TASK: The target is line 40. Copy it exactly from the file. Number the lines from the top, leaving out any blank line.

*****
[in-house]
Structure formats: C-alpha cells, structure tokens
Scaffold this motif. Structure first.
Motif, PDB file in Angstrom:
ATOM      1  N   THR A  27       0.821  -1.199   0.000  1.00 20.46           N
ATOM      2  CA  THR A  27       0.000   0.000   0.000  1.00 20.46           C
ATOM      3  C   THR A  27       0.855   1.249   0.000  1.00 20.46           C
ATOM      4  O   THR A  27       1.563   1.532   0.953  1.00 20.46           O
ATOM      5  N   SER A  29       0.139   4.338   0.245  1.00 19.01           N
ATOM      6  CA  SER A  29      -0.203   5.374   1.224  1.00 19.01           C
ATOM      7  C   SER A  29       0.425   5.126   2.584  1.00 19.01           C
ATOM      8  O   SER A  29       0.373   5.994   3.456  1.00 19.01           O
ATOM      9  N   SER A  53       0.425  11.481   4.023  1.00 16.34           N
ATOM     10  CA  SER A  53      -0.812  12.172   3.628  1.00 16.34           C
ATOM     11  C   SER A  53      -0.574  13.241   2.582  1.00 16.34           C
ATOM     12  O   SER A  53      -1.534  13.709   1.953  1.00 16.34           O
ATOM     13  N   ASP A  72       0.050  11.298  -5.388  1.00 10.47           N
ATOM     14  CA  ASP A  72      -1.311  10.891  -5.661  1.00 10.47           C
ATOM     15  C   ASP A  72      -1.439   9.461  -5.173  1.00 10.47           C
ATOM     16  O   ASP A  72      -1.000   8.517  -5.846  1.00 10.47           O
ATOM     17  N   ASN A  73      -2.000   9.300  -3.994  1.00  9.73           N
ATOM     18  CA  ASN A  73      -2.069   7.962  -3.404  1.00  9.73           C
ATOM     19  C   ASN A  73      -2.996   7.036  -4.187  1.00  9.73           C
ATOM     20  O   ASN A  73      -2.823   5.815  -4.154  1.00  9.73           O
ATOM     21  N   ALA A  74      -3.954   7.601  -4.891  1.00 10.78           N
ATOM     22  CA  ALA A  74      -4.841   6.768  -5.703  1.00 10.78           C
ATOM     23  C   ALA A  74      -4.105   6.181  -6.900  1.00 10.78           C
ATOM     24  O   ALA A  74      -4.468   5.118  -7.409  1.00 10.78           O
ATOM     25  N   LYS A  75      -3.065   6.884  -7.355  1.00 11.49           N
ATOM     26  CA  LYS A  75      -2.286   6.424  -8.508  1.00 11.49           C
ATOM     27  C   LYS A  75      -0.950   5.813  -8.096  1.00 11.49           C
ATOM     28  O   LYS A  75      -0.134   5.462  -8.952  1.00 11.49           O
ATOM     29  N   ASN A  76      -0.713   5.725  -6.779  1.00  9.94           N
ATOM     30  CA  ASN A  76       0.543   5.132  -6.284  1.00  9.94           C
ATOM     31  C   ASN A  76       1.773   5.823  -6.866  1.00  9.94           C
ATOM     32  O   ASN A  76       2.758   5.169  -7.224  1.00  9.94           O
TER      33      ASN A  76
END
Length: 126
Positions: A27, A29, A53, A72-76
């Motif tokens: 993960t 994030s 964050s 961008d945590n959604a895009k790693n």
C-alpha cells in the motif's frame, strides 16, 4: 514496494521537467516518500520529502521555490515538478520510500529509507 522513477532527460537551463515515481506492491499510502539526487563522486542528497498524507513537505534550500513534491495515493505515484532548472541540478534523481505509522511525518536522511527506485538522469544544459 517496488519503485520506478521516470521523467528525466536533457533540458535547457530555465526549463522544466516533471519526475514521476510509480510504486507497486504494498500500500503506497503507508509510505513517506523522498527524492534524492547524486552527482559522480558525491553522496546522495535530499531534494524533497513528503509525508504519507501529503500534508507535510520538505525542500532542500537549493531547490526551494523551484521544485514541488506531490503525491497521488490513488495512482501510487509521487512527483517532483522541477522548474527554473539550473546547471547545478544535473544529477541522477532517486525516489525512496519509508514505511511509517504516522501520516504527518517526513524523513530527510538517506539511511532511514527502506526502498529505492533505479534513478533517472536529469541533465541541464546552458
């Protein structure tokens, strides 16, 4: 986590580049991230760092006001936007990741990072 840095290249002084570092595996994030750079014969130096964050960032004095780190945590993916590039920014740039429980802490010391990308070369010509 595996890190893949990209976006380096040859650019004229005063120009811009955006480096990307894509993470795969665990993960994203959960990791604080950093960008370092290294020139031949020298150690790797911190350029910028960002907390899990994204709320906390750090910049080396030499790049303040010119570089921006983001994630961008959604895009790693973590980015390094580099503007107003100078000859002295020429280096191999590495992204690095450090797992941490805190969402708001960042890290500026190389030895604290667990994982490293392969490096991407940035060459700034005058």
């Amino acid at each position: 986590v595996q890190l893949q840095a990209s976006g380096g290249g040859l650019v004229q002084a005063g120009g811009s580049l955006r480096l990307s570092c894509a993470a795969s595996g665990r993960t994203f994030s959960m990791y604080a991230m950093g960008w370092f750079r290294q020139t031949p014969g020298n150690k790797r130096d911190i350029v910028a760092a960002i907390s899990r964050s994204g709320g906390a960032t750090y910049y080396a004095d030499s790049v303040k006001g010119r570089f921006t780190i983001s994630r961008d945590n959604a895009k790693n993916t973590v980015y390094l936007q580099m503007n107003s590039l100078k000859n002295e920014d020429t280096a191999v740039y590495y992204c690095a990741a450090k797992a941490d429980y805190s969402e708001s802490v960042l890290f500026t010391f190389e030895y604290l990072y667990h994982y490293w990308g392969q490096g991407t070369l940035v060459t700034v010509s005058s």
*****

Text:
Positions: A27, A29, A53, A72-76